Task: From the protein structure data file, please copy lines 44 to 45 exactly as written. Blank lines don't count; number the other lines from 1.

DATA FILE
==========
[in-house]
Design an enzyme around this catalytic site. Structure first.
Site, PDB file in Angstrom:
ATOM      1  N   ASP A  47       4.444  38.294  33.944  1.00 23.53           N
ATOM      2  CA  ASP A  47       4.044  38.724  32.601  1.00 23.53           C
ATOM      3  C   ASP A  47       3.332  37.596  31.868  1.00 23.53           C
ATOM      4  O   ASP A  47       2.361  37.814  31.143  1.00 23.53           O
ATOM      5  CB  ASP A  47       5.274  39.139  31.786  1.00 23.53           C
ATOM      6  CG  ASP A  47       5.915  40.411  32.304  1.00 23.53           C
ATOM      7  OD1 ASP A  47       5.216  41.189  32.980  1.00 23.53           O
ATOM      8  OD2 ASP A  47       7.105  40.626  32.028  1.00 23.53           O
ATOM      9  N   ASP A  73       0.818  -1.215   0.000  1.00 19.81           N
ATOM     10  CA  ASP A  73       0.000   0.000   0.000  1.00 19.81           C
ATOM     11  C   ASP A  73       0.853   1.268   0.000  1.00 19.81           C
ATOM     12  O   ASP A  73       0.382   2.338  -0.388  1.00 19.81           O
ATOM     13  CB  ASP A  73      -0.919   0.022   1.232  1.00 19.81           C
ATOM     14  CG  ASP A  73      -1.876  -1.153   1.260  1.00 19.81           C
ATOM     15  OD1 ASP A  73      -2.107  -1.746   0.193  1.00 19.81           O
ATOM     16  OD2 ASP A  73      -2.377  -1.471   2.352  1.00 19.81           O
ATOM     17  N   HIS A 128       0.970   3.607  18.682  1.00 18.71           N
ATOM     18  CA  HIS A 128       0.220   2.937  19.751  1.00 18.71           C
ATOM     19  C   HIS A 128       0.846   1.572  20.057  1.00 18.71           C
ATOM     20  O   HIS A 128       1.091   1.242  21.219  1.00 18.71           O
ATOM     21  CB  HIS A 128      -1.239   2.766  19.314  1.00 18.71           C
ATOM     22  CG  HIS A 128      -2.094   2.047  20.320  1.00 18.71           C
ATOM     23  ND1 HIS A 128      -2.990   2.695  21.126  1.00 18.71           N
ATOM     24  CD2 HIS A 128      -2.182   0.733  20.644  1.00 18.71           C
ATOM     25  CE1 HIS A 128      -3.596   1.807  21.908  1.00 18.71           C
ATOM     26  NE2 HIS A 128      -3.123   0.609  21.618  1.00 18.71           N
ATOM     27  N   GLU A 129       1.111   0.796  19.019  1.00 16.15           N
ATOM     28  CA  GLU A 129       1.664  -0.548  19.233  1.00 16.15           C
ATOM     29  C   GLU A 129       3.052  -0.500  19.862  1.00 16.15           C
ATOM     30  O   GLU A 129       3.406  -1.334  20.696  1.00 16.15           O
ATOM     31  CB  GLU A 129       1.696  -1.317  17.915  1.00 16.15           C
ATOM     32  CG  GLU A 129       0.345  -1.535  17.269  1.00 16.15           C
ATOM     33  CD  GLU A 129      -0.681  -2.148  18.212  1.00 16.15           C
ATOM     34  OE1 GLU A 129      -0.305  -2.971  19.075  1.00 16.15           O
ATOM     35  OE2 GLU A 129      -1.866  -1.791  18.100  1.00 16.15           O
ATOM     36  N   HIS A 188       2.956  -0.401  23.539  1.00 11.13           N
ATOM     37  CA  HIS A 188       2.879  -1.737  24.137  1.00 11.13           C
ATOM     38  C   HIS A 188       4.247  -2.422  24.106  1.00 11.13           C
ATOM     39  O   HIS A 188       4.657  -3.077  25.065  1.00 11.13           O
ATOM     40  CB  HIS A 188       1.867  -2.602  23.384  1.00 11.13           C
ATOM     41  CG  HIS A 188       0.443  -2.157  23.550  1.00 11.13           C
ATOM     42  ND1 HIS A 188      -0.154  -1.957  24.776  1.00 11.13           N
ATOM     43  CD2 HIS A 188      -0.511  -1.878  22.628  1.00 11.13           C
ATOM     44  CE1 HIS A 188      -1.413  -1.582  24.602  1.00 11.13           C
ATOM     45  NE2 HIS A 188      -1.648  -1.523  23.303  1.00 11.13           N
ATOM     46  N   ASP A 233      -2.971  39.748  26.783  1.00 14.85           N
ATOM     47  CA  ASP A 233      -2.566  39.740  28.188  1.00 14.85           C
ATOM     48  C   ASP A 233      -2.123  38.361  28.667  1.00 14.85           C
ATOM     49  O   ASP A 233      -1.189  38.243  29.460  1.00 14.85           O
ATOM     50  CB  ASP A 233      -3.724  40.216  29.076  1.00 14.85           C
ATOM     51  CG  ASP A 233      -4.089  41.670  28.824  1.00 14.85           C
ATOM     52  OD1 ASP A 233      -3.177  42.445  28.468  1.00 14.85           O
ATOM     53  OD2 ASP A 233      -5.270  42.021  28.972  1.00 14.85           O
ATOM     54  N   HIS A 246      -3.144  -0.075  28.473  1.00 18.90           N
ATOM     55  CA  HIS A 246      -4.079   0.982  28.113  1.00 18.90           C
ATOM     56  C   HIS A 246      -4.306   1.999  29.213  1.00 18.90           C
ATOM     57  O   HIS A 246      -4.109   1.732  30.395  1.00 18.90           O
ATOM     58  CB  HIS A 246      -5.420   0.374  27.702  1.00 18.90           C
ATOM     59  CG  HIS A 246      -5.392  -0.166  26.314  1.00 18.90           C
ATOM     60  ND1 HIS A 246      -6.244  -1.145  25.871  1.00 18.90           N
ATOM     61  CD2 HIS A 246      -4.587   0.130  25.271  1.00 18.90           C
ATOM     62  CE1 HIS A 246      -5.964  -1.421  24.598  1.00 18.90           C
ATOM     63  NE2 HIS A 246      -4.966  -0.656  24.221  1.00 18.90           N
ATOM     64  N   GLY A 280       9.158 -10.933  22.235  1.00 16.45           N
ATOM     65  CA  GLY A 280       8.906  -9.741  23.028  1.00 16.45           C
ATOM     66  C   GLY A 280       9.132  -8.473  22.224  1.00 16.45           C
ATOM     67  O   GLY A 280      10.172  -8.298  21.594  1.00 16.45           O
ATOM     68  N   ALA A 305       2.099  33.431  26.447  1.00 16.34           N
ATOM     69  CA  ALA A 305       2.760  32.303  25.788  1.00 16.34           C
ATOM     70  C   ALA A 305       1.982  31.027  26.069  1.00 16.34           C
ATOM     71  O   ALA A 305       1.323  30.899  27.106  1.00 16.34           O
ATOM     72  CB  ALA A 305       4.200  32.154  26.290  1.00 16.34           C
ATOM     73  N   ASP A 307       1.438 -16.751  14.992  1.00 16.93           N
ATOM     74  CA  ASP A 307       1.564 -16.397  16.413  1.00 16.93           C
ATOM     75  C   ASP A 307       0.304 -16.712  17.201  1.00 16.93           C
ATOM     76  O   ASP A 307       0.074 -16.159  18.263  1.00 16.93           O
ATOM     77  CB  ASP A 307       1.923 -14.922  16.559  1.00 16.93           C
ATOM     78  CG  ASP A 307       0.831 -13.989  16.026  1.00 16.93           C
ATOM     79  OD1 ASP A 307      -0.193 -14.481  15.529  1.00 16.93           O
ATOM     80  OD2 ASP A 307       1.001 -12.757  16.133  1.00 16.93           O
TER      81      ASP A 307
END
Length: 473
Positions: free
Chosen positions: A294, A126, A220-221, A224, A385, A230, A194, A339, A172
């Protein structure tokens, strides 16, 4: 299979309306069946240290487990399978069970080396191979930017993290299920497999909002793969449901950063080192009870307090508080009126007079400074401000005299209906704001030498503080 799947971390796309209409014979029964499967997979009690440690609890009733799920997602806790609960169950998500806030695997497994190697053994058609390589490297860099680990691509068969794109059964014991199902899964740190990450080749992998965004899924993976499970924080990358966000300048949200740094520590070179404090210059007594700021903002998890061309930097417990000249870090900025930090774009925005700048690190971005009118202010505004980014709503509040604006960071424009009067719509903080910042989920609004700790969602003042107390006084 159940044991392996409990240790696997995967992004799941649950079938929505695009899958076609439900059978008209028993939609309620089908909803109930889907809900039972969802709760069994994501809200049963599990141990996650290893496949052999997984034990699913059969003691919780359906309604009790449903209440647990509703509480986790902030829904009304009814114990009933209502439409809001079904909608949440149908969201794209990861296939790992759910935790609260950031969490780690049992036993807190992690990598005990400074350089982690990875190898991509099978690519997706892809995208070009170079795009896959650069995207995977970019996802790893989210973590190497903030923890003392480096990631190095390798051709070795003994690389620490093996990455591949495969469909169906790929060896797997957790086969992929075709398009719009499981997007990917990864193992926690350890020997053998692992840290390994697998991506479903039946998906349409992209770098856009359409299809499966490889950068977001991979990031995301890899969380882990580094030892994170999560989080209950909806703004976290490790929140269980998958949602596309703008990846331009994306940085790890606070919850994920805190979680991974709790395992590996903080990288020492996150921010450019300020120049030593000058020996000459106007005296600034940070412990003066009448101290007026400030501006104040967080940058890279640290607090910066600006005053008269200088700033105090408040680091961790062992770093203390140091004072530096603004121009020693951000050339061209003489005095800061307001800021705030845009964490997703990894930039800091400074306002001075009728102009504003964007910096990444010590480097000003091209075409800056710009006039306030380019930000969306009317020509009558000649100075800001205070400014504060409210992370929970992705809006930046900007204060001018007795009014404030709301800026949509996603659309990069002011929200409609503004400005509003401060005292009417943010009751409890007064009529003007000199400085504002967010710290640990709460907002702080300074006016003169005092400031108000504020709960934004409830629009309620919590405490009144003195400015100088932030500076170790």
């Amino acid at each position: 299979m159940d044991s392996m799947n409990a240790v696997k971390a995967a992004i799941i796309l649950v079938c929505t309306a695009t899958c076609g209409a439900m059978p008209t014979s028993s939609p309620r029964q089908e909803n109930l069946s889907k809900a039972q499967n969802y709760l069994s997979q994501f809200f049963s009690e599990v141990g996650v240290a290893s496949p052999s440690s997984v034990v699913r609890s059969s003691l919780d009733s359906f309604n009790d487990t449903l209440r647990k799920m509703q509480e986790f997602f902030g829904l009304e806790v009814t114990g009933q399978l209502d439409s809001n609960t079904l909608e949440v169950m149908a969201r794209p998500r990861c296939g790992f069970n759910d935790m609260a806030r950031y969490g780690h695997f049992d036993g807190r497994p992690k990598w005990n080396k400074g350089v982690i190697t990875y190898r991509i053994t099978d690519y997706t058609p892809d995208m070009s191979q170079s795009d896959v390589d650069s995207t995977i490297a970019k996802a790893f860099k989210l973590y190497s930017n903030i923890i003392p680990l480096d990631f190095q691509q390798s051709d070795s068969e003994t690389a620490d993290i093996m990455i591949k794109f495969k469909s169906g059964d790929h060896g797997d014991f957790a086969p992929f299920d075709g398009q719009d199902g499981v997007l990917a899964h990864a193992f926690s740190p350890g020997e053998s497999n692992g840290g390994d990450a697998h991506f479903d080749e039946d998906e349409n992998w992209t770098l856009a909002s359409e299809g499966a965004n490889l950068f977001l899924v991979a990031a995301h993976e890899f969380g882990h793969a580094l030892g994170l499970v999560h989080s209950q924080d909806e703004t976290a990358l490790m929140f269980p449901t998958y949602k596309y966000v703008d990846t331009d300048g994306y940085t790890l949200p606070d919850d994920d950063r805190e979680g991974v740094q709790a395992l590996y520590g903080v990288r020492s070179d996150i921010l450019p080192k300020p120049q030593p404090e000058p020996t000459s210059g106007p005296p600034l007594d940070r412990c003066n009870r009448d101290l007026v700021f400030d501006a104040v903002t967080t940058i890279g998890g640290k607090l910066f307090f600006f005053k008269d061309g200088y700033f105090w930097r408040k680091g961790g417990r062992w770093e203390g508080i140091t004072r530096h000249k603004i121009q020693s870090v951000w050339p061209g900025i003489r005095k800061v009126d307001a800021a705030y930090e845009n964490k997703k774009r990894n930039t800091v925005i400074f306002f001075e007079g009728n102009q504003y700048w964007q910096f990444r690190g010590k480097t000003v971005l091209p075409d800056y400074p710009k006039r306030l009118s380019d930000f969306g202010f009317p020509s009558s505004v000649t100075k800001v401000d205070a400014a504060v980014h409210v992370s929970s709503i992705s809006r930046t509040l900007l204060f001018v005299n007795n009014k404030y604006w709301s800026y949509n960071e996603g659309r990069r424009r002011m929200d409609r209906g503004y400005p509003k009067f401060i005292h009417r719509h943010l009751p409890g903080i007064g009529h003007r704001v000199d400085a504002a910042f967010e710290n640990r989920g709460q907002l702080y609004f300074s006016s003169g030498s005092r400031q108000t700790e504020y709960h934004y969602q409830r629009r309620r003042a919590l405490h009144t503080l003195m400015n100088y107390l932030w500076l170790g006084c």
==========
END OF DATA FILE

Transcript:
ATOM     41  CG  HIS A 188       0.443  -2.157  23.550  1.00 11.13           C
ATOM     42  ND1 HIS A 188      -0.154  -1.957  24.776  1.00 11.13           N